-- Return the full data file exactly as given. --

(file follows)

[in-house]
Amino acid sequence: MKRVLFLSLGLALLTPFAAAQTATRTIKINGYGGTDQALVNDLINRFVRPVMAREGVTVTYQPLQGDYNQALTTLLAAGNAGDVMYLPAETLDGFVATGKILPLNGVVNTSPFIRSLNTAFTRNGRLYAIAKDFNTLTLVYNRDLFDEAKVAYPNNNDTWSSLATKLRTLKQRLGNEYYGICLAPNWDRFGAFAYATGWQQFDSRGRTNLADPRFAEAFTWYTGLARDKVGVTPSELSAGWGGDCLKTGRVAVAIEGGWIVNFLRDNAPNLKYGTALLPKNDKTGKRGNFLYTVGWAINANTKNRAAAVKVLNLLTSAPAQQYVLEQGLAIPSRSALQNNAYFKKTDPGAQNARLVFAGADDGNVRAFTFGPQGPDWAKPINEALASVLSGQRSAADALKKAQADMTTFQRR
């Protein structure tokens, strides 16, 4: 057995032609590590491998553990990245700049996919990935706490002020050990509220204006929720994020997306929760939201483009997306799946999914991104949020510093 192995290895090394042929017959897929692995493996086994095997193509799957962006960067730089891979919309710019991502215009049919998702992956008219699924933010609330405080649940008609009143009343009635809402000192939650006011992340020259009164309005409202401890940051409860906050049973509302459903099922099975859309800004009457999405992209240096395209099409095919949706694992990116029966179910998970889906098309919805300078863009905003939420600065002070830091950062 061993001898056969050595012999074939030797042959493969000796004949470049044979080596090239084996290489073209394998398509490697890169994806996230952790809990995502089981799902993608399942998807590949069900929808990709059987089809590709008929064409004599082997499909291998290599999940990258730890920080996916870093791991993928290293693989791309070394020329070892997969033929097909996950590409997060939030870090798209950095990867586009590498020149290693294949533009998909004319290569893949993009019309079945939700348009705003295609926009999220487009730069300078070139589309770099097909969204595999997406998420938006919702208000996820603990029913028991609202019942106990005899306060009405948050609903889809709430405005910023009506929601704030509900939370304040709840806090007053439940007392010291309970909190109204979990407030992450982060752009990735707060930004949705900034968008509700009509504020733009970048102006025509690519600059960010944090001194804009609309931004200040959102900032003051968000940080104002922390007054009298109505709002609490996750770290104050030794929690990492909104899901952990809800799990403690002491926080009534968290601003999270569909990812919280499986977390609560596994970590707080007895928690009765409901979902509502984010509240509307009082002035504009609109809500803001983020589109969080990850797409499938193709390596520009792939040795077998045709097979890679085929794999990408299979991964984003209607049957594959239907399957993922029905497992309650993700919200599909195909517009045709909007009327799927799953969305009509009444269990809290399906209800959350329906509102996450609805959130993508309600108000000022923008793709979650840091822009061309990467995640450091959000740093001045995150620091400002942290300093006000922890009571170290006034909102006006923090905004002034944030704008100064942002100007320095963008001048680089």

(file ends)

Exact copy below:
[in-house]
Amino acid sequence: MKRVLFLSLGLALLTPFAAAQTATRTIKINGYGGTDQALVNDLINRFVRPVMAREGVTVTYQPLQGDYNQALTTLLAAGNAGDVMYLPAETLDGFVATGKILPLNGVVNTSPFIRSLNTAFTRNGRLYAIAKDFNTLTLVYNRDLFDEAKVAYPNNNDTWSSLATKLRTLKQRLGNEYYGICLAPNWDRFGAFAYATGWQQFDSRGRTNLADPRFAEAFTWYTGLARDKVGVTPSELSAGWGGDCLKTGRVAVAIEGGWIVNFLRDNAPNLKYGTALLPKNDKTGKRGNFLYTVGWAINANTKNRAAAVKVLNLLTSAPAQQYVLEQGLAIPSRSALQNNAYFKKTDPGAQNARLVFAGADDGNVRAFTFGPQGPDWAKPINEALASVLSGQRSAADALKKAQADMTTFQRR
């Protein structure tokens, strides 16, 4: 057995032609590590491998553990990245700049996919990935706490002020050990509220204006929720994020997306929760939201483009997306799946999914991104949020510093 192995290895090394042929017959897929692995493996086994095997193509799957962006960067730089891979919309710019991502215009049919998702992956008219699924933010609330405080649940008609009143009343009635809402000192939650006011992340020259009164309005409202401890940051409860906050049973509302459903099922099975859309800004009457999405992209240096395209099409095919949706694992990116029966179910998970889906098309919805300078863009905003939420600065002070830091950062 061993001898056969050595012999074939030797042959493969000796004949470049044979080596090239084996290489073209394998398509490697890169994806996230952790809990995502089981799902993608399942998807590949069900929808990709059987089809590709008929064409004599082997499909291998290599999940990258730890920080996916870093791991993928290293693989791309070394020329070892997969033929097909996950590409997060939030870090798209950095990867586009590498020149290693294949533009998909004319290569893949993009019309079945939700348009705003295609926009999220487009730069300078070139589309770099097909969204595999997406998420938006919702208000996820603990029913028991609202019942106990005899306060009405948050609903889809709430405005910023009506929601704030509900939370304040709840806090007053439940007392010291309970909190109204979990407030992450982060752009990735707060930004949705900034968008509700009509504020733009970048102006025509690519600059960010944090001194804009609309931004200040959102900032003051968000940080104002922390007054009298109505709002609490996750770290104050030794929690990492909104899901952990809800799990403690002491926080009534968290601003999270569909990812919280499986977390609560596994970590707080007895928690009765409901979902509502984010509240509307009082002035504009609109809500803001983020589109969080990850797409499938193709390596520009792939040795077998045709097979890679085929794999990408299979991964984003209607049957594959239907399957993922029905497992309650993700919200599909195909517009045709909007009327799927799953969305009509009444269990809290399906209800959350329906509102996450609805959130993508309600108000000022923008793709979650840091822009061309990467995640450091959000740093001045995150620091400002942290300093006000922890009571170290006034909102006006923090905004002034944030704008100064942002100007320095963008001048680089």